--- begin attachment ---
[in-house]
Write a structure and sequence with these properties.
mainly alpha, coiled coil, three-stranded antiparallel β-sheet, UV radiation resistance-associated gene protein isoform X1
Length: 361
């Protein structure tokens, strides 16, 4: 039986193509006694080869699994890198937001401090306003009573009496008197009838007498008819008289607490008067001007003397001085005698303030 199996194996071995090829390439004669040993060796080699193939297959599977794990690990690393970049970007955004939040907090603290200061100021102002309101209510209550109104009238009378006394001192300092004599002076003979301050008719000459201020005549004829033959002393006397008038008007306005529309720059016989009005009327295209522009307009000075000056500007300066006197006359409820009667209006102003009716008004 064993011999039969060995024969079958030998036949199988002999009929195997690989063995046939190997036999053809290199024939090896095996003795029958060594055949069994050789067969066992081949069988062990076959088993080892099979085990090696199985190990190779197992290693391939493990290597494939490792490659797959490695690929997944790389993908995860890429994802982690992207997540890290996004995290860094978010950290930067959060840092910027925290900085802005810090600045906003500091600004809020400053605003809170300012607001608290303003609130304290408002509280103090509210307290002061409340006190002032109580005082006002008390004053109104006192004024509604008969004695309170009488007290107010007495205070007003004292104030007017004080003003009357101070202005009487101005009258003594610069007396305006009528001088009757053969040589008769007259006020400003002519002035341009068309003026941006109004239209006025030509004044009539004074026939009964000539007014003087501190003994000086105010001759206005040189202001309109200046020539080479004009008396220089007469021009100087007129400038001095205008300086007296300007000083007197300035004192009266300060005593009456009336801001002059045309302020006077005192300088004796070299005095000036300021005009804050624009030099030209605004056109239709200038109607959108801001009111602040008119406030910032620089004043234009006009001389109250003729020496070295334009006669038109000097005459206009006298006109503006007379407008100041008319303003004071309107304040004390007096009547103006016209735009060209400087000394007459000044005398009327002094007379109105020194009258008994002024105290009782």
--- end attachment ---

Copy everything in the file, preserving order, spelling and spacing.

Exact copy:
[in-house]
Write a structure and sequence with these properties.
mainly alpha, coiled coil, three-stranded antiparallel β-sheet, UV radiation resistance-associated gene protein isoform X1
Length: 361
């Protein structure tokens, strides 16, 4: 039986193509006694080869699994890198937001401090306003009573009496008197009838007498008819008289607490008067001007003397001085005698303030 199996194996071995090829390439004669040993060796080699193939297959599977794990690990690393970049970007955004939040907090603290200061100021102002309101209510209550109104009238009378006394001192300092004599002076003979301050008719000459201020005549004829033959002393006397008038008007306005529309720059016989009005009327295209522009307009000075000056500007300066006197006359409820009667209006102003009716008004 064993011999039969060995024969079958030998036949199988002999009929195997690989063995046939190997036999053809290199024939090896095996003795029958060594055949069994050789067969066992081949069988062990076959088993080892099979085990090696199985190990190779197992290693391939493990290597494939490792490659797959490695690929997944790389993908995860890429994802982690992207997540890290996004995290860094978010950290930067959060840092910027925290900085802005810090600045906003500091600004809020400053605003809170300012607001608290303003609130304290408002509280103090509210307290002061409340006190002032109580005082006002008390004053109104006192004024509604008969004695309170009488007290107010007495205070007003004292104030007017004080003003009357101070202005009487101005009258003594610069007396305006009528001088009757053969040589008769007259006020400003002519002035341009068309003026941006109004239209006025030509004044009539004074026939009964000539007014003087501190003994000086105010001759206005040189202001309109200046020539080479004009008396220089007469021009100087007129400038001095205008300086007296300007000083007197300035004192009266300060005593009456009336801001002059045309302020006077005192300088004796070299005095000036300021005009804050624009030099030209605004056109239709200038109607959108801001009111602040008119406030910032620089004043234009006009001389109250003729020496070295334009006669038109000097005459206009006298006109503006007379407008100041008319303003004071309107304040004390007096009547103006016209735009060209400087000394007459000044005398009327002094007379109105020194009258008994002024105290009782």